2012 NBA Finals Miami Heat: Dwyane Wade and the aura of two

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It’s not going to mean to him what it means to LeBron James.

It can’t. He didn’t go through the suffering year after year. He didn’t face the constant questions, the constant criticism. No matter what, Wade had cemented his legacy in his third season. He had a ring, and once you hit that level, you’re protected by shielding. That’s not to say Wade hasn’t taken criticism over the past two years. But the difference in what it means is significant. So no, this isn’t going to mean to Dwyane Wade what it means to LeBron James.

But in the aftermath of the Heat’s 121-106 win over the Thunder to win their first NBA Championship in the Triad era, we’re left with the revision to Wade’s legacy. Because two matters. And if you don’t think it does, talk to any member of the Boston Celtics, talk to anyone around the league. Multiple titles does put you on a different tier. One ring can be evaluated as a one-off, a sneak-in, it’s getting off the targeting of not having a title. But two? You’re legit. You’re someone you can build multiple titles around.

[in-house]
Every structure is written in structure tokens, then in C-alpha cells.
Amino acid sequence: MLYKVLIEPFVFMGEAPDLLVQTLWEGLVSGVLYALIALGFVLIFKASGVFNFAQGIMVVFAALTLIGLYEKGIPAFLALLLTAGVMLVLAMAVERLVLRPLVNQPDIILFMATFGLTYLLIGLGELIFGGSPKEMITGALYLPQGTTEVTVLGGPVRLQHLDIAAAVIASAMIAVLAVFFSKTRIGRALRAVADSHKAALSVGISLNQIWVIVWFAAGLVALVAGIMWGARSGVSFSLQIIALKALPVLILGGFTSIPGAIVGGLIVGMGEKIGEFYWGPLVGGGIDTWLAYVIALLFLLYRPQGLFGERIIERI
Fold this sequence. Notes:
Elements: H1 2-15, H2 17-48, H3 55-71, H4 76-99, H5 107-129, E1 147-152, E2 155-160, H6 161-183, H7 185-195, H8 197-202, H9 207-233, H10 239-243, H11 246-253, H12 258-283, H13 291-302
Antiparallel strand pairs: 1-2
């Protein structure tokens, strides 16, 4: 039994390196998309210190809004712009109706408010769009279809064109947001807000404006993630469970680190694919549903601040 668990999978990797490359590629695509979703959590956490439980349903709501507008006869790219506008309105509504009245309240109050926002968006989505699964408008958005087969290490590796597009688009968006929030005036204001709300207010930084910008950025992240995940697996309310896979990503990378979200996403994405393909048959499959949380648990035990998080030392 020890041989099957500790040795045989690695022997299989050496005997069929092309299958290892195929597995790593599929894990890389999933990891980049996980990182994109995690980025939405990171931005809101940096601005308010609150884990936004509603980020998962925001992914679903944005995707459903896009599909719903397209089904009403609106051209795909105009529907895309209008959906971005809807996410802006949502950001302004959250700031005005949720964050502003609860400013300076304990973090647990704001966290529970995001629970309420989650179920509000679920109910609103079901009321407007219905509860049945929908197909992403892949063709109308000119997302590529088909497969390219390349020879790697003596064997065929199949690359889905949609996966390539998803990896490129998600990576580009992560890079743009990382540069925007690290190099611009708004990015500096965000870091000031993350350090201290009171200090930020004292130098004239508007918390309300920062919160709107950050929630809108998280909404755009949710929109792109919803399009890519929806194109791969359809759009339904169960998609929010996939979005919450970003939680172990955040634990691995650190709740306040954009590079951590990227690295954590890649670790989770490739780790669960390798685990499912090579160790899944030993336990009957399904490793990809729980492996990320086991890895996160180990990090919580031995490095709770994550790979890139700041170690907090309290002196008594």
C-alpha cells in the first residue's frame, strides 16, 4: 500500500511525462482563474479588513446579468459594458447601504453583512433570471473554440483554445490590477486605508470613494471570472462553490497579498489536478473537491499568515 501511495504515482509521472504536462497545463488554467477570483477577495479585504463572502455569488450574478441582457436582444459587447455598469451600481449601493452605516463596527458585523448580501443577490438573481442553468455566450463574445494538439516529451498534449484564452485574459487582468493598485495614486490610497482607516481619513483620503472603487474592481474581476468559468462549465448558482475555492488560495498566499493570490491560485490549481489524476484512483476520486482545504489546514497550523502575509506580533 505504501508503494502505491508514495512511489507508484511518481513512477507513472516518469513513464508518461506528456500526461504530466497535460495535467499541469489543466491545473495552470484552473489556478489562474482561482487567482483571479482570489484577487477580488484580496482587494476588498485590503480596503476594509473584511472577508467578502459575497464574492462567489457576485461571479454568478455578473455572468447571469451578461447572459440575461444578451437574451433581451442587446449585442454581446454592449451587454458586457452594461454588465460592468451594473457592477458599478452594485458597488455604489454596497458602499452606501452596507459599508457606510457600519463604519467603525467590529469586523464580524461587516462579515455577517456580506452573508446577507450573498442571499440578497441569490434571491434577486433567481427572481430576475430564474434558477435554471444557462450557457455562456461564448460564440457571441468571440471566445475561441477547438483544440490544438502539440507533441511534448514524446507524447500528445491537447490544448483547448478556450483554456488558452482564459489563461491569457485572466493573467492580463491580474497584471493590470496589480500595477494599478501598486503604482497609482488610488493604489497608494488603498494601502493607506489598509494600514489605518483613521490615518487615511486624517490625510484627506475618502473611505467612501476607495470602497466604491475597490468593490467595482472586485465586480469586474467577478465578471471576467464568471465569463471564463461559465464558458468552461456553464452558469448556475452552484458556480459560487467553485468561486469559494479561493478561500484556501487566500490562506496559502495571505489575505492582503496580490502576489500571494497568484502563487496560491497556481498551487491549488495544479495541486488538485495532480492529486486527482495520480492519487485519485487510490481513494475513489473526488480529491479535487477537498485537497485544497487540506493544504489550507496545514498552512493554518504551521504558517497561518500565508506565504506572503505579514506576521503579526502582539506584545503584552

Wade’s path is different, and the Decision is always going to color that, but in a lot of ways, Wade’s second title was more difficult to accomplish than the first. Setting aside the level of difficulty the Heat faced in their opponents (and this should not take away from that ’06 Mavs team which was phenomenal), this was the first title where Wade had to figure out his role in a team, not the other way around. In 2006, everything was built around Wade. It was 15 Strong, but in reality, it was 14 complimenting one. And that’s a model for success. Putting a great player in a position to succeed has proven to be a path to the title.

But this was much more difficult. Wade had to figure out when to be the aggressor, the initiator, and when to move off-ball. He had to know when to operate as a decoy, and when to excel as a playmaker. He had to score, he had to play smart, and most of all, he had to defend.

These playoffs were far from the offensive brilliance of Dwyane Wade that we’re used to. He struggled with his shot, struggled with his touch, struggled with the toll on his body. But defensively, Wade was locked in. After a series of uncharacteristic whining episodes against the Pacers, he responded. It should not be understated that Wade had a fantastic series guarding James Harden. It’s spoken of as if Harden simply vanished, and like it was with LeBron James against the Mavericks in 2011, that wasn’t the case. It was a series of brilliant defensive adjustments and individual efforts that lead to Harden being limited, shut out, disappearing.